1. CURRENT ISSUES
VOCABULARY & GRAMMAR
|commander-in-chief||the person who exercises supreme command and control over an armed force or a military branch|
|primary objective||the main and important goal intended to be attained|
|irrespective||without regard to something else, esp. something specified;ignoring or discounting|
|affirm||to assert positively; to express agreement with; support; uphold|
|deputy||a person appointed to act as a substitute for another|
|non-alignment||not taking sides in political matters, esp. with either one of two opposing powers or ideologies|
|confirm||to establish the truth of; verify; to acknowledge with assurance; make certain|
|domain||a field or area of thought, subject; area of interest|
|refute||prove to be false or incorrect; overthrow by argument, evidence, or proof|
|curb||lessen the intensity of; place restrictions on; put down by force or authority|
|contain||сдерживать, удерживать, ограничивать|
|pervert||искажать, неправильно истолковывать|
|emulate||подражать, соперничать, следовать примеру|
|foe||враг, противник, недоброжелатель|
|indoctrinate||настраивать, внушать принципы|
|divert||отвлекать, отводить, отклонять|
|spearhead||быть инициатором, возглавлять|
- view with skepticism
- hostility toward
- from this perspective
- aimed at
- on behalf of
- along with
- align with
- increase in
- emulated by
- preference for
- with the goal of
- accuse of
- shortcoming of
- approach to
- war on terror
WORDS FOR REPORT
|a clear age gap on the issue|
|compared with a smaller share|
|more likely to favor|
|the survey explored the public’s views about|
|In regard to the negative consequences,|
|no statistically significant difference by age|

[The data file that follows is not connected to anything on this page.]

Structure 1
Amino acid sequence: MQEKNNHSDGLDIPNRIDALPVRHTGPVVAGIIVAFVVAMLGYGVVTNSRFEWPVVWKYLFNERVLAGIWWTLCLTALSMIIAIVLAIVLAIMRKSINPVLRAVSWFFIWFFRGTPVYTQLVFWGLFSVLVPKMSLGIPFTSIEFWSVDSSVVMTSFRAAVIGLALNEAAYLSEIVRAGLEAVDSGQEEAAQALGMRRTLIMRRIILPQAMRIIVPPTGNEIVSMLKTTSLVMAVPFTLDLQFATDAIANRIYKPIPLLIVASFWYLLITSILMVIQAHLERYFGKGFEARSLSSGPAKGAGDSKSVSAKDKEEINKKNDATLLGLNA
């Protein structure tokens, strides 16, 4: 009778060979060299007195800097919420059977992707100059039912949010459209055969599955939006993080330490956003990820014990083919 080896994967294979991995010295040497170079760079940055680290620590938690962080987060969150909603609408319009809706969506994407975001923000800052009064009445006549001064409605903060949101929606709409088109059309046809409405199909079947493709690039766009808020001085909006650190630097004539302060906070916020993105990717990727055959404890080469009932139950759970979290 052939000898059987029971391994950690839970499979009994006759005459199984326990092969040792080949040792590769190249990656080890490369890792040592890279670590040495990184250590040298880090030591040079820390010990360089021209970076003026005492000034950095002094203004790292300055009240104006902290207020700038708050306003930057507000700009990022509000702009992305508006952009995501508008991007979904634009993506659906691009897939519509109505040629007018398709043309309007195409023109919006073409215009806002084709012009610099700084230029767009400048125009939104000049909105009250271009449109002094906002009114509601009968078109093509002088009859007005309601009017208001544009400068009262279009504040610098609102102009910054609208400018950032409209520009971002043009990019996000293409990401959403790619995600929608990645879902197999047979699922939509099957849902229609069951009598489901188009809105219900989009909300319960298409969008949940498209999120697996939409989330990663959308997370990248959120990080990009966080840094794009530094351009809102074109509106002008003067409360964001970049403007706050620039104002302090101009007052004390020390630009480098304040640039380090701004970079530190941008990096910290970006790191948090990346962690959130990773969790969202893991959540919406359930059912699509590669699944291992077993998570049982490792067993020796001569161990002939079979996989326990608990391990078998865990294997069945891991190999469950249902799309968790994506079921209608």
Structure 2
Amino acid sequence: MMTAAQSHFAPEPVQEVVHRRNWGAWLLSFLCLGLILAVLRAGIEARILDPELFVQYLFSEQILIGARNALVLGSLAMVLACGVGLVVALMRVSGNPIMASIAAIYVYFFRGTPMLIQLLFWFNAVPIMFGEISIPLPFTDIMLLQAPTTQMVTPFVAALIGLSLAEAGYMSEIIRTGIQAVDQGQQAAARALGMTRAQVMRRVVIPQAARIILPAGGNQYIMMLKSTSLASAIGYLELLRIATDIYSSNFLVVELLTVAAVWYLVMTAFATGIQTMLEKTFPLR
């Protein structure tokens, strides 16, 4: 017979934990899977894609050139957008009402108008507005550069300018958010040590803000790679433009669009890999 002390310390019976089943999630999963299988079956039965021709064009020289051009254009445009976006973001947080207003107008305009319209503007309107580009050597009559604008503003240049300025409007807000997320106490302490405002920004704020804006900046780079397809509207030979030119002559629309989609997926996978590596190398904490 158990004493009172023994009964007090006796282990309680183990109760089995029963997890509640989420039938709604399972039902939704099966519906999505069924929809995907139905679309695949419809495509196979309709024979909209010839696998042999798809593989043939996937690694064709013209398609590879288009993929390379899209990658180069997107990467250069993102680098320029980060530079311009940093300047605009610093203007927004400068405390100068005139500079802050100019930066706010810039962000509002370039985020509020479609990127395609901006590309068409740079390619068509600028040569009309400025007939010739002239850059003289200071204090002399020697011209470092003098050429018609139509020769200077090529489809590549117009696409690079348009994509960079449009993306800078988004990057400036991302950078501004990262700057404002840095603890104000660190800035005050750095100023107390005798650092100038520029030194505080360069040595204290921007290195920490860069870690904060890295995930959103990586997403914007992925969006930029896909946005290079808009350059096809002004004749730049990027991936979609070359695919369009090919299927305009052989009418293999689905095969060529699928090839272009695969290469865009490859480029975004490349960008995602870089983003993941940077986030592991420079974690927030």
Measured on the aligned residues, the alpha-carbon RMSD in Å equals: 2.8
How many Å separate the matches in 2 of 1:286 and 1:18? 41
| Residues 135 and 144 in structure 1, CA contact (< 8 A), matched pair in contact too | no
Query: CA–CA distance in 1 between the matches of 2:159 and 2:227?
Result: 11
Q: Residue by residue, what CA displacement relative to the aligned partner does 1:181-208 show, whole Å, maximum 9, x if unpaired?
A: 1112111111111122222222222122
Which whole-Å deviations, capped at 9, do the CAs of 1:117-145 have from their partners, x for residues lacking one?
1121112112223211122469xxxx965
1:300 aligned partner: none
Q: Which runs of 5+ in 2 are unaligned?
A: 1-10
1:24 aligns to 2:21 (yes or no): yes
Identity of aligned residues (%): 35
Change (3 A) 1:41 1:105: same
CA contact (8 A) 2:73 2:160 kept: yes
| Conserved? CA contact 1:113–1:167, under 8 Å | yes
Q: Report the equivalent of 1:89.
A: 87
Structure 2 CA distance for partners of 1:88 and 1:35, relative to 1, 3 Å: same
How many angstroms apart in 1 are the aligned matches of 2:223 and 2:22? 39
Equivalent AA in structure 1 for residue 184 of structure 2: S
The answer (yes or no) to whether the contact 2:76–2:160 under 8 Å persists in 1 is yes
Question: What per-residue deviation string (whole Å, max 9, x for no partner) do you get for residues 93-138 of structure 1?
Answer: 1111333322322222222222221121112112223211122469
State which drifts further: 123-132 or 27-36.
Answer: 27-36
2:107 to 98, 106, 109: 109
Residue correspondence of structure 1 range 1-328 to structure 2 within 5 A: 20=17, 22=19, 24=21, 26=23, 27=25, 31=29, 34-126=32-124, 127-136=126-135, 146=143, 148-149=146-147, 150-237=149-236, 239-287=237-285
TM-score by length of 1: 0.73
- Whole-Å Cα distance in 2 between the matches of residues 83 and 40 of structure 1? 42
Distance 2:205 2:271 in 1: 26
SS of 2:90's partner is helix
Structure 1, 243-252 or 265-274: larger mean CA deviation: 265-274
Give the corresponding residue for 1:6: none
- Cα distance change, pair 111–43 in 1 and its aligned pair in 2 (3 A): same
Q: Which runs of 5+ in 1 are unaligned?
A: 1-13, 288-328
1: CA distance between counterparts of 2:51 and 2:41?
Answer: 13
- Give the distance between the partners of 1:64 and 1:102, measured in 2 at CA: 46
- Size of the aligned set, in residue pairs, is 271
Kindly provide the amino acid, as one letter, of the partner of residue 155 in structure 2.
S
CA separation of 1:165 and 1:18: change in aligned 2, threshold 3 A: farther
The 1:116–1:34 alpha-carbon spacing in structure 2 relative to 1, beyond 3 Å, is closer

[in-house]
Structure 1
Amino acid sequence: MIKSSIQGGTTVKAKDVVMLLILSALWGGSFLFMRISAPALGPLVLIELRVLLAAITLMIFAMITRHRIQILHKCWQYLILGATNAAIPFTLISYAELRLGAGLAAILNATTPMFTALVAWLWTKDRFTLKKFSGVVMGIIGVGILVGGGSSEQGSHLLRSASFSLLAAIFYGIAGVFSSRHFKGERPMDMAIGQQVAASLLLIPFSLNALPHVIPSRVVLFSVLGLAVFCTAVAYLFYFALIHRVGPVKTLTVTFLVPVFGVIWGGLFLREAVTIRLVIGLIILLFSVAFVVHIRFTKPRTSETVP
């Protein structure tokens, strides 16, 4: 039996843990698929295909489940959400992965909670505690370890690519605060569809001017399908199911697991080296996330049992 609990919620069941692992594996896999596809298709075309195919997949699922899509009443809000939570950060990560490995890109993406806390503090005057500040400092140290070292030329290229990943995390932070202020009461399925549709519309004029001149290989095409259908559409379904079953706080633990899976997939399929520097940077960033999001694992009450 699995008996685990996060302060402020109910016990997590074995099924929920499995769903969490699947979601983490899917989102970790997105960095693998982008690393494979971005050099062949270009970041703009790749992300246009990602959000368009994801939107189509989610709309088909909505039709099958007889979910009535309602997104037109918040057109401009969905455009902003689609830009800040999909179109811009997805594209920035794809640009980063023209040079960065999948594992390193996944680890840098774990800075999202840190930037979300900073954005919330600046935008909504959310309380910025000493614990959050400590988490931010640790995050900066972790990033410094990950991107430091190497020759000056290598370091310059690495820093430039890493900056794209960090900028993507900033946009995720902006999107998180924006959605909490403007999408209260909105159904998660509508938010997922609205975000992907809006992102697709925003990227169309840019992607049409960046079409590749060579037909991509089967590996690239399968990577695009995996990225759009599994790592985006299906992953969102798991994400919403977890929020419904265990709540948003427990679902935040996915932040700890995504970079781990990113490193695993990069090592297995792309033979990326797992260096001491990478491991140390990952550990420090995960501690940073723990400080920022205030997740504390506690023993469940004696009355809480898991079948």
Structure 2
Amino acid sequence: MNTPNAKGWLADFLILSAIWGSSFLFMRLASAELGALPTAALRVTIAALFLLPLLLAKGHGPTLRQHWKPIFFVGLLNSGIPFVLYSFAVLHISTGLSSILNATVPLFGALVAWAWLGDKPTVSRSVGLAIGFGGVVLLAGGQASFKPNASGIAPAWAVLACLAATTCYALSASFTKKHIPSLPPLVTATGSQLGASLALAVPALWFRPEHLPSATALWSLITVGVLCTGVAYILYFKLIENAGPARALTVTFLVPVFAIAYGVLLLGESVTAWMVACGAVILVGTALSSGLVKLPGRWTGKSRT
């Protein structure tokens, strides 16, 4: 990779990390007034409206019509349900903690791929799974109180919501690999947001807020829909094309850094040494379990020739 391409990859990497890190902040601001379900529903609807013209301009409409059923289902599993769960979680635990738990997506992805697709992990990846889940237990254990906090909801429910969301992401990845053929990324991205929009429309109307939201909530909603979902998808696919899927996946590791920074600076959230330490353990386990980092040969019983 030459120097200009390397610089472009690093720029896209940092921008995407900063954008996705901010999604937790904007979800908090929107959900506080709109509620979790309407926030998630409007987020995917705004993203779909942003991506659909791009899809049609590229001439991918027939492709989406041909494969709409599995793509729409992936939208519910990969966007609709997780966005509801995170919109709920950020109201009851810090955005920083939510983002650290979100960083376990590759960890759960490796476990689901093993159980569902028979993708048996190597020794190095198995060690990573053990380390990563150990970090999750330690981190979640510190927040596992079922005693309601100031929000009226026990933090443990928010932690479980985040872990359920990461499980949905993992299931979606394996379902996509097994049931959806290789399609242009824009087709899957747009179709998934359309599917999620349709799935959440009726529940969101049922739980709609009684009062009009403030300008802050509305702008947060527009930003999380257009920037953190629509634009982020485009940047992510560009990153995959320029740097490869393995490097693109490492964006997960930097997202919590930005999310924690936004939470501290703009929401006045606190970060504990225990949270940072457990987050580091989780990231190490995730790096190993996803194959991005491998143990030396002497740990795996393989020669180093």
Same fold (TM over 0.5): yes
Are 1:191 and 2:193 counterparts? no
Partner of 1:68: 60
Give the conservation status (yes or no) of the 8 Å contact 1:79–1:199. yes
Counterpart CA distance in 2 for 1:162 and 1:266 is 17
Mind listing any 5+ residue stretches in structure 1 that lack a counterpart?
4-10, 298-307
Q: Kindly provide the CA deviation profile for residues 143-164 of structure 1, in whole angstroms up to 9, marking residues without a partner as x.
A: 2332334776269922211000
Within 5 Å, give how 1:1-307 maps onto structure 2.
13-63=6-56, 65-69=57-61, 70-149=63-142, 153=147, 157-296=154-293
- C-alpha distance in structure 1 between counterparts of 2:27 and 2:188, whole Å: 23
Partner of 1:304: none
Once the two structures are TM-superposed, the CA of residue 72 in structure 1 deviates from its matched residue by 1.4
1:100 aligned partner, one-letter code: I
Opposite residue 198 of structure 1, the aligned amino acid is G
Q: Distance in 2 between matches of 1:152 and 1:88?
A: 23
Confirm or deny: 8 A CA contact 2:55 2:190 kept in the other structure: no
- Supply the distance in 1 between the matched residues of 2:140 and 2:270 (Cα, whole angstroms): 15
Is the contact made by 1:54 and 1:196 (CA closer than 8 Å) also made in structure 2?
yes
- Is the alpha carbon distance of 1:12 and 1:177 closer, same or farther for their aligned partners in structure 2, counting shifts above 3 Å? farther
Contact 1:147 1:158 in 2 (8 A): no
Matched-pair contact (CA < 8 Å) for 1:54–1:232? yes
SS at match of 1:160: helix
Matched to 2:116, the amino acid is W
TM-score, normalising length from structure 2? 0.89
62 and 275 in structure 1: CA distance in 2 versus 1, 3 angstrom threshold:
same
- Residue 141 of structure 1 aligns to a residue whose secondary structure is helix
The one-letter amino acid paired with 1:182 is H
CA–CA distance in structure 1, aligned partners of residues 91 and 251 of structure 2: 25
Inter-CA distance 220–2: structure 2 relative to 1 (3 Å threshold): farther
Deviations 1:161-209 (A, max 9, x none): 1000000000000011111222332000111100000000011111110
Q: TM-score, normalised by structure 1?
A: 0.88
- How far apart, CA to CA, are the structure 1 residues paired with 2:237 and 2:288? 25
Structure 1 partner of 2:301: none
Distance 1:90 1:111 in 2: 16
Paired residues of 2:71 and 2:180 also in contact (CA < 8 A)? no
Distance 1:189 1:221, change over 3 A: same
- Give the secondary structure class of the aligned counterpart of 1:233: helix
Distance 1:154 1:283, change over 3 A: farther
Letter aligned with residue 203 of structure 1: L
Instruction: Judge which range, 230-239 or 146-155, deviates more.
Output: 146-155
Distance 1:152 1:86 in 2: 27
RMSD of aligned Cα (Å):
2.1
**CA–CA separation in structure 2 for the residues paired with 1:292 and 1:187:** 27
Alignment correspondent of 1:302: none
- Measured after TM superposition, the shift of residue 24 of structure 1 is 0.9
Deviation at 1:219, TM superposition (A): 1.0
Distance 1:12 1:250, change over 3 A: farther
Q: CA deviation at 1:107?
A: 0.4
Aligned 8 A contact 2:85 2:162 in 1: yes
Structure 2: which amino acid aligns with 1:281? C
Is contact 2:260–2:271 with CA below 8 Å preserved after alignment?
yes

Saudi Arabia has been bankrolling Islamist terrorism since the oil-price boom of the 1970s dramatically boosted the country’s wealth.
According to a 2013 European Parliament report, some of the $10 billion invested by Saudi Arabia for “its Wahhabi agenda” in South and Southeast Asia was “diverted” to terrorist groups, including Lashkar-e-Taiba, which carried out the 2008 Mumbai terror attacks.
In a 2009 diplomatic cable, then-US Secretary of State Hillary Clinton identified Saudi Arabia as “the most significant source of funding to Sunni terrorist groups worldwide.”
From this perspective, Saudi Arabia’s surprise announcement of a 34-country anti-terror alliance, with a joint operations center based in Riyadh, is a logical step, aimed at blunting growing Western criticism, while boosting Sunni influence in the Middle East.
It is as if a drug cartel claimed to be spearheading a counternarcotics campaign.
Listed as members of the alliance are also all of the jihadist citadels other than Afghanistan, including war-torn Libya and Yemen, both of which are not currently governed by a single authority.
Moreover, despite being touted as an “Islamic” alliance, with members coming from “all over the Islamic world,” the group includes predominantly Christian Uganda and Gabon, but not Oman (a fellow Gulf sheikdom), Algeria (Africa’s largest country), and Indonesia (the world’s most populous Muslim country).